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Ordnance QF 17 pounder
17-pounder in Batey ha-Osef museum, Israel
Type anti-tank gun
Place of origin  United Kingdom
Service history
In service 1943 -
Wars World War II, Korean War
Production history
Designed 1941/42
Produced 1942-
Weight 3 long tons

Shell 76.2×583 mm. R
Calibre 3 inches (76.2 mm)
Barrels 13 ¾ ft (4.191 m., 55 calibres)
Carriage Split trail carriage, with gunshield.
Elevation -6° to +16.5°
Traverse 60°
Muzzle velocity 2,900 ft/s (884 m/s) HE, HEAT
3,950 ft/s (1,204 m/s) APDS

The Ordnance Quick-Firing 17 pounder (or just 17 pdr) was a 76.2 mm (3 inch) gun developed by the United Kingdom during World War II. It was used as an anti-tank gun on its own carriage, as well as equipping a number of British tanks. It was the most effective Allied anti-tank gun of the war. Used with the APDS shot it was capable of defeating all but the thickest armour on German tanks. It was used to 'up-gun' some foreign-built vehicles in British service, notably the Sherman Firefly, giving British tank units the ability to hold their own with their German counterparts. In the anti-tank role it was replaced by the 120 mm BAT recoilless rifle after the war. As a tank gun it was succeeded by the 20 pounder.



17-pounder, side view.

Before the QF 6-pounder had entered service, the British predicted that it would soon be inadequate given the increasing armour of German tanks. In late 1940 design of a replacement was started, and was largely complete by the end of 1941. A prototype production line was set up that spring, and with the appearance of Tiger I tanks in North Africa, the first 100 prototype 17-pdr anti-tank guns were quickly sent off to help counter this new threat. So great was the rush that they were sent before proper carriages had been developed, and the guns had to be mounted in the carriages of 25-pounder gun-howitzers. These early weapons were known as 17/25-pounders and given the codename Pheasant. They first saw action in February 1943. Fully developed 17-pdrs started production in 1943 and were first used during the Italian Campaign.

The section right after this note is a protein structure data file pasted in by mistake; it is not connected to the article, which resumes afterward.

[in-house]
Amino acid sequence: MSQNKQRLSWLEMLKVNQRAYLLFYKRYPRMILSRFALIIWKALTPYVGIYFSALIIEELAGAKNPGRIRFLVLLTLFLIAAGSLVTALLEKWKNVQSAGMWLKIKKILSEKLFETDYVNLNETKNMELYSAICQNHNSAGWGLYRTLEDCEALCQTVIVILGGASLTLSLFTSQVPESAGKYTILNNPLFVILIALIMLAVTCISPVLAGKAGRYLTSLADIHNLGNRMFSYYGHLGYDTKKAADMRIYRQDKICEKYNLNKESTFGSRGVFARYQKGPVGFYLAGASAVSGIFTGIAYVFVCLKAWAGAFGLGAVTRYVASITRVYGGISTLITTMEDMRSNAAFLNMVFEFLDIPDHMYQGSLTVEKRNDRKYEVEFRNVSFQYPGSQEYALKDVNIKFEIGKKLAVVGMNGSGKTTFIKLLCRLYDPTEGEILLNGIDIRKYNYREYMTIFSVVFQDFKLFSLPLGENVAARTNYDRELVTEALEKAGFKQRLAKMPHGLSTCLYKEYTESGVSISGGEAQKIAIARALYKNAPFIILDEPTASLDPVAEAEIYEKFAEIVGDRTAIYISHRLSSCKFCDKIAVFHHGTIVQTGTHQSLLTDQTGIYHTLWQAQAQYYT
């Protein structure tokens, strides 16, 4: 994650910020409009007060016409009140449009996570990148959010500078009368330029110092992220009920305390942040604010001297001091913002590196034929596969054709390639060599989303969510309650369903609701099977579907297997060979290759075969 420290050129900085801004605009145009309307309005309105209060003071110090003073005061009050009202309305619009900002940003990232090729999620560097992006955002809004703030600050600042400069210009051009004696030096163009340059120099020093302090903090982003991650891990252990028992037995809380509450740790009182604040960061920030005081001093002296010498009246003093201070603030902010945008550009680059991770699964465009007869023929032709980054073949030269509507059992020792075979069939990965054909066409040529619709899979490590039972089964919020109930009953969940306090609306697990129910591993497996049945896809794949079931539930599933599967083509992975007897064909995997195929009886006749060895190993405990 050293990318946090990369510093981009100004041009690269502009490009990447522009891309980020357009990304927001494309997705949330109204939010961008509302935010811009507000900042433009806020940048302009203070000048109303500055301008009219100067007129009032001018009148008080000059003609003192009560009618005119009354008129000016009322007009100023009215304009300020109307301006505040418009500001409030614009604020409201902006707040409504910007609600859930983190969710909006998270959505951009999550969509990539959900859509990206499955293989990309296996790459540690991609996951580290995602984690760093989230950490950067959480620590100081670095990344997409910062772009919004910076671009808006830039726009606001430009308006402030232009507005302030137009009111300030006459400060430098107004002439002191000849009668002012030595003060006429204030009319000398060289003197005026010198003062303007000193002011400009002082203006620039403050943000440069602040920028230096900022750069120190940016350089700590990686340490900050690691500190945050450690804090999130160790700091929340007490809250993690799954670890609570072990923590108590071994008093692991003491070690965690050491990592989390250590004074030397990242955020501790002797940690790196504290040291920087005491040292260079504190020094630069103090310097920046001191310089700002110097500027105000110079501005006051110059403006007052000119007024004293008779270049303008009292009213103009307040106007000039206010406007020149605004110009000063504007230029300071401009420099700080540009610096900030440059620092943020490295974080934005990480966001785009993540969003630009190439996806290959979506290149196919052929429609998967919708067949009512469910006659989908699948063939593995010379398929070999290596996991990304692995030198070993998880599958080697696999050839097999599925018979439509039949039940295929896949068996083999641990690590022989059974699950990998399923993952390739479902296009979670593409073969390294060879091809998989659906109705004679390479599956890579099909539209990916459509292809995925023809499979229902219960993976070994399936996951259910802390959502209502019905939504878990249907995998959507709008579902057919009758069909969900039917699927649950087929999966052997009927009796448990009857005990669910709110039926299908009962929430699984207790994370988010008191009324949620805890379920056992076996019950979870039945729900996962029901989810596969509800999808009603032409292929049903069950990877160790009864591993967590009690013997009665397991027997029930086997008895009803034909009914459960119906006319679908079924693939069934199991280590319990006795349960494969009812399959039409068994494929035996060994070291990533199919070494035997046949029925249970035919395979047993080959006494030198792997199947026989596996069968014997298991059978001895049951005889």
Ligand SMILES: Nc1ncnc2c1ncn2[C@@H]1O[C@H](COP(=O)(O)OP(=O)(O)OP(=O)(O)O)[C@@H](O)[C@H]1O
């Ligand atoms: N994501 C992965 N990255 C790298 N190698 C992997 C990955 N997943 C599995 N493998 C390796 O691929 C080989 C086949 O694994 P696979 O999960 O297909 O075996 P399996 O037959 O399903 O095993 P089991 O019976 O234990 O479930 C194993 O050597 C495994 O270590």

A Sherman Firefly with the 17 pounder

The 17-pdr outperformed all other Allied armour-piercing guns, and was quickly adapted for use on various tank chassis. However, few tank turrets were capable of carrying such a large gun. Early attempts to mount on existing British chassis were unsuccessful, but the British were able to very quickly devise a conversion for their US-supplied M4 Sherman tanks and it was rushed into service in time for D-Day as the Sherman Firefly. The gun had to be rotated through 90 degrees to fit into the turret of the Sherman, i.e. it lay on its side, and an additional box was welded to the back of the turret to allow for the recoil. The British also converted some of their US-produced M10 tank destroyers, replacing the 3-inch (76 mm) cannon with the 17-pdr; the resulting vehicles were called Achilles or just 17 pdr M10. The 17-pdr was also successfully fitted to the Australian-designed Sentinel tank during trials, though no Sentinels equipped with this gun entered service with the Australian Army.

The 17-pounder anti-tank guns saw action in Korea, against tanks and in general support use against bunker positions. Afterwards, it was largely replaced in the tank role by the Ordnance QF 20 pounder and in the anti-tank role by the 120 mm L6 WOMBAT recoilless gun.

The United States Army did not use the 17-pounder in action, though the gun was offered to US forces with a number of Shermans modified for testing [1].


Mark I
  • first production versions.
Mark II
  • intended for tank use. Removed the carrier mountings and replaced the muzzle brake with a counterweight. The brake was added back on in March 1944 with the introduction of the APDS shot. The Mk. II was used on the Archer tank destroyer and Challenger tank.